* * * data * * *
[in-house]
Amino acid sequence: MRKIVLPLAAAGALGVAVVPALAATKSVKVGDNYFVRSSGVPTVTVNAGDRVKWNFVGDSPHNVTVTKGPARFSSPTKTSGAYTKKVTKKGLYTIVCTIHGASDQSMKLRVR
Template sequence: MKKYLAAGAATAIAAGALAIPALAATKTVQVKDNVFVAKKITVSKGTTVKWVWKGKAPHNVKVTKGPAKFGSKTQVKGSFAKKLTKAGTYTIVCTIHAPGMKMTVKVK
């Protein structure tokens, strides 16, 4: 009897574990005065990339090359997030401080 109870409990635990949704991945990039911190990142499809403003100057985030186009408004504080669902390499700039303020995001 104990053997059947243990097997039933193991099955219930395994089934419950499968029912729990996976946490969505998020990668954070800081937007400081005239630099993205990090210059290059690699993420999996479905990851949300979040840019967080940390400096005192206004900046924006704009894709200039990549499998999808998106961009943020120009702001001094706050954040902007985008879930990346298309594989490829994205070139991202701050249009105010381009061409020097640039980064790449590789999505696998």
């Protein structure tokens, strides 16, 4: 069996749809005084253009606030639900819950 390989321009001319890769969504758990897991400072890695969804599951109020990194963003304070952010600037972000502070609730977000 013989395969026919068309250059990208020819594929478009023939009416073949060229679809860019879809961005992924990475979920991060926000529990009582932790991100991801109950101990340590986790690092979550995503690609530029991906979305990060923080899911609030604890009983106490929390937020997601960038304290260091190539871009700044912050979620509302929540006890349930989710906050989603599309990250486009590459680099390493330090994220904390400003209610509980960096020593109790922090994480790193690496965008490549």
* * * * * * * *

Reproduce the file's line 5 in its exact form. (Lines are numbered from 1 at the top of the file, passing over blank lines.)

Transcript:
């Protein structure tokens, strides 16, 4: 069996749809005084253009606030639900819950 390989321009001319890769969504758990897991400072890695969804599951109020990194963003304070952010600037972000502070609730977000 013989395969026919068309250059990208020819594929478009023939009416073949060229679809860019879809961005992924990475979920991060926000529990009582932790991100991801109950101990340590986790690092979550995503690609530029991906979305990060923080899911609030604890009983106490929390937020997601960038304290260091190539871009700044912050979620509302929540006890349930989710906050989603599309990250486009590459680099390493330090994220904390400003209610509980960096020593109790922090994480790193690496965008490549």